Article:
(Quilt History Research)


photo of Eagle quilt
Four Corner or Mirror Eagle Quilt
Circa 1870 – 1900



(Quilt History Research)

Part Two


Ancestor Contact




You’ve been researching your project for awhile and you feel good about your progress, but you have unanswered questions and you want to tell a complete story -- the next step is – ANCESTOR CONTACT.    


Finding the Ancestor



  • Obituary – Obituaries normally contain a list of ancestors and their city/state. 
  • Publications – Family members might be mentioned in publications associated with your research subject. 
  • Co-Workers – Find people who worked with the subject of your research project. 
  • – Fee based service. Helps you track down ancestors – this is excellent for doing pre-1940s research, but I still use the Newspaper and Publication Search to find ancestor connections and obituaries pre- and post-1940s. 
  • Google Search  - Type in the name of your ancestor:

                                 Jane Jones, Town, State 

  •  - – This search engine helps once you know the name of your ancestor and at least the state they live in.  Associated with this site is a “fee-based” service called Intelius that will help you when you reach a road block, need a complete address, or if you want an e-mail address. 


Making First Contact


Phone, E-mail, or Letter


First contact:  Say NO to the phone - Letter or E-mail is best. 


There would have been a time I would have said to make first contact via the phone, but in this day and age, it might, depending on the age of your ancestor, scare the “inclination to help” right out of them.  It’s not you -- identity fraud and/or phone solicitation are the culprits - it turns the majority of people off to get “cold-called” this way.


I always make first contact via letter or e-Mail.  In my first contact “letter” package I:


  • Introduce myself.  My name is Susan Wildemuth and I am a quilt history and art needlework writer and researcher.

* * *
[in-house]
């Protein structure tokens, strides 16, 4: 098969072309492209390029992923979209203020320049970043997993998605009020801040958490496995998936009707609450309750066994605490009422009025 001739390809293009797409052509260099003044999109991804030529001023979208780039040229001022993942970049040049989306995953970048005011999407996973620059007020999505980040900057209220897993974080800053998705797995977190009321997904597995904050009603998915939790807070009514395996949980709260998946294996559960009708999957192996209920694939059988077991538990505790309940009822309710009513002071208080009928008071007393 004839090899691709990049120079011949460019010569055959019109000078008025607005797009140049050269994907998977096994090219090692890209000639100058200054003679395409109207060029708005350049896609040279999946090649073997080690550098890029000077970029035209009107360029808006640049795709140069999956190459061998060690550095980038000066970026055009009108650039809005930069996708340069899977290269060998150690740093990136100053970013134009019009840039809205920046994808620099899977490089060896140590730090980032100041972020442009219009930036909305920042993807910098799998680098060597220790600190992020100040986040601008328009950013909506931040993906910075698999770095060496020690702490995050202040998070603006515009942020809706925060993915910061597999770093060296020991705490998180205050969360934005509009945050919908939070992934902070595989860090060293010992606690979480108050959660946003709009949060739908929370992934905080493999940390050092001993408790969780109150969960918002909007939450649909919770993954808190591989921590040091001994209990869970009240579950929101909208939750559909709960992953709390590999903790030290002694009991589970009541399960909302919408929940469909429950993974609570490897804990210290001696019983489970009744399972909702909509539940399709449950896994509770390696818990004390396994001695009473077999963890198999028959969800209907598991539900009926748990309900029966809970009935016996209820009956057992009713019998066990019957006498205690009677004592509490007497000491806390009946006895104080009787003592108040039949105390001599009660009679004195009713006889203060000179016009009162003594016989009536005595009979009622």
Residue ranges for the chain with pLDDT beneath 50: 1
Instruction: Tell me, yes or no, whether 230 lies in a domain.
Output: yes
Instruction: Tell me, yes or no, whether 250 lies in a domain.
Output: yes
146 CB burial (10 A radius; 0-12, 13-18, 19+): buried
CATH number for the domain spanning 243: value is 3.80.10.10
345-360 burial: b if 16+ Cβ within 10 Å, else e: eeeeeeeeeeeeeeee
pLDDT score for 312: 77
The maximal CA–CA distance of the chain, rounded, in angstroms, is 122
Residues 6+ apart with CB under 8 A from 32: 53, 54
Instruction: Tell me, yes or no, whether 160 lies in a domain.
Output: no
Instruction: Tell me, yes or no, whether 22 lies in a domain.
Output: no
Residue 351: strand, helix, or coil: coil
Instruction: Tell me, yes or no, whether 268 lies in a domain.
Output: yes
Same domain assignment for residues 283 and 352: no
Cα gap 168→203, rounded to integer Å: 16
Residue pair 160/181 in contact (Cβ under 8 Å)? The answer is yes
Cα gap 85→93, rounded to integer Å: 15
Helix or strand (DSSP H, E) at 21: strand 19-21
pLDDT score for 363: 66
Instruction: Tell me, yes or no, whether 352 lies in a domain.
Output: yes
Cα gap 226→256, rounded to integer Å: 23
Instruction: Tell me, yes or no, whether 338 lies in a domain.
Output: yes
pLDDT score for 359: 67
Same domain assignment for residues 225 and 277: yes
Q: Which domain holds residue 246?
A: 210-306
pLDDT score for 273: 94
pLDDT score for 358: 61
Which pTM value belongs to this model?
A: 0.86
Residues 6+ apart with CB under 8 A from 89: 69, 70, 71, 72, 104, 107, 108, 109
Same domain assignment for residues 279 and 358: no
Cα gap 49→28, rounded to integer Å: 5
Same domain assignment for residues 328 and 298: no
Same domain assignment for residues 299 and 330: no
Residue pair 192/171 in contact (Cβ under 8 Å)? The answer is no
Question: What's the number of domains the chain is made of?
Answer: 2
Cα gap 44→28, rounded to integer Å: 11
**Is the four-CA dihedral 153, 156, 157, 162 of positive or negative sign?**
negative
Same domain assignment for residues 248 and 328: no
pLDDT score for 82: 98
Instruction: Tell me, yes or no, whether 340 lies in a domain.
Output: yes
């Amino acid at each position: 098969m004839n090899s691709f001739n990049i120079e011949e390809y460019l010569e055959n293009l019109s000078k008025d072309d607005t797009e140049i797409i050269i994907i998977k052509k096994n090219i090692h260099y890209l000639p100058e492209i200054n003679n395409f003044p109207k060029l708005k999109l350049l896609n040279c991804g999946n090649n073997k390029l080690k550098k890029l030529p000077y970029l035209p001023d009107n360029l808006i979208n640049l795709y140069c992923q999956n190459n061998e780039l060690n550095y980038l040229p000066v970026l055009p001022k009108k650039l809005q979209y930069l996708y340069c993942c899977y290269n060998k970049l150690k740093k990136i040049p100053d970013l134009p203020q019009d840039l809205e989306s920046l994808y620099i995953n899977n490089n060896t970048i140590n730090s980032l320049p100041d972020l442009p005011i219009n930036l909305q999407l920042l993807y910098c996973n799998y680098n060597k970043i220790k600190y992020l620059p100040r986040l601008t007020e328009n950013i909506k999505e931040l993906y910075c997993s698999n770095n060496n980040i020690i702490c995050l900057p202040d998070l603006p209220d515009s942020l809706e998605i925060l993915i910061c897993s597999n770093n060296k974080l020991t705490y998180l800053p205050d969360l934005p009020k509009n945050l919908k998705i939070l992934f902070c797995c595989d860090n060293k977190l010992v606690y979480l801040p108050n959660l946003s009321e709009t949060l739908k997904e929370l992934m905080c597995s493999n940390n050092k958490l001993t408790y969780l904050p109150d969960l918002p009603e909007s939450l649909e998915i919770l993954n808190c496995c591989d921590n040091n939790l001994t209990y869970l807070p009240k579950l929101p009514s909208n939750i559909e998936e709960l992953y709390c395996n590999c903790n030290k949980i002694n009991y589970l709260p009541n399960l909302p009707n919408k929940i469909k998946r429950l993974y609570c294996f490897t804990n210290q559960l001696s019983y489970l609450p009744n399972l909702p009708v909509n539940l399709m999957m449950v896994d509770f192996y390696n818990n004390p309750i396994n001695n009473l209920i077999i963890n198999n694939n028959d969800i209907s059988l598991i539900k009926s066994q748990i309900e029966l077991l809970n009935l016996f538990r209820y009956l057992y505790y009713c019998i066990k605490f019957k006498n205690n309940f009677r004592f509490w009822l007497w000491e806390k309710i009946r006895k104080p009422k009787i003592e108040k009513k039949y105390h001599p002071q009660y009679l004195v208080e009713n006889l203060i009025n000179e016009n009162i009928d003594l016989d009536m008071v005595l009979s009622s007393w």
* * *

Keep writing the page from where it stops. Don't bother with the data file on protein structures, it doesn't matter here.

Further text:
• Tell them my purpose.  I am in the process (or on the path) of doing a research project concerning your ancestor Sally Jones.
  • Give them a brief list or a general idea of what type information I am looking for.  I want to write a piece about your Aunt Sally and am hoping you can fill-in some of the blanks and if you can’t is there another family member that would be interested in helping me? Would you be willing to share Aunt Sally’s back story? Why quilting or art needlework?  Why did she write her column Needles and Pins, but at the height of its success stopped writing it?  Etc. Etc.
  • Ask if there is a photo/scan available of the person you are researching or of material important to your project such as a factory.  I always ask for this right off the bat so it gives them time to be looking as you are corresponding with each other
  • Include my Contact Information.  Name, Address, Phone Number, E-mail Address, Web Site.
  • Include a sample of a published clip or a web site address.  This makes you seem REAL to them and makes them more relaxed in dealing with a complete stranger.
  • Include my photo.  I usually insert this at the end of my letter – right in the letter.  This makes it personal – you are giving them the opportunity to SEE YOU.
  • Include a “Do you want to be interviewed sheet.” I like this because it gives them a “feeling of control” over the situation.  On this sheet I put something like:


Please check one:


Yes, I want to participate


No, I don’t want to participate, but here is the name of a person that might be able to help you.


No, I do not want to participate at all. 


Please check one:


What is the best way for us to talk with each other?




E-mail.  Here is my e-mail address:


Phone.  Here is my phone number:



  • SASE – Always include a self-addressed stamped envelope.   They are doing you a favor and if you want them to respond – you need to cover the cost.
  • Pay for Extras.  Offer to pay for any expenses such as envelopes, stamps, scans that may take place in their efforts to help you with your project.  Many times they will tell you no, but you need to offer, just the same. 


Ancestor Contact is a wonderful way to obtain answers to your unanswered questions and a tool to help you create a well researched, well rounded piece.  Be kind, be courteous, and be respectful – if they say this is off the record, which does happen, then you DO NOT include it in your research project. 


There is one more point that is very important -- oral or family histories can be subjective, but they are well worth the effort and add new information and insight into your piece IF they are backed up with primary and secondary source documentation.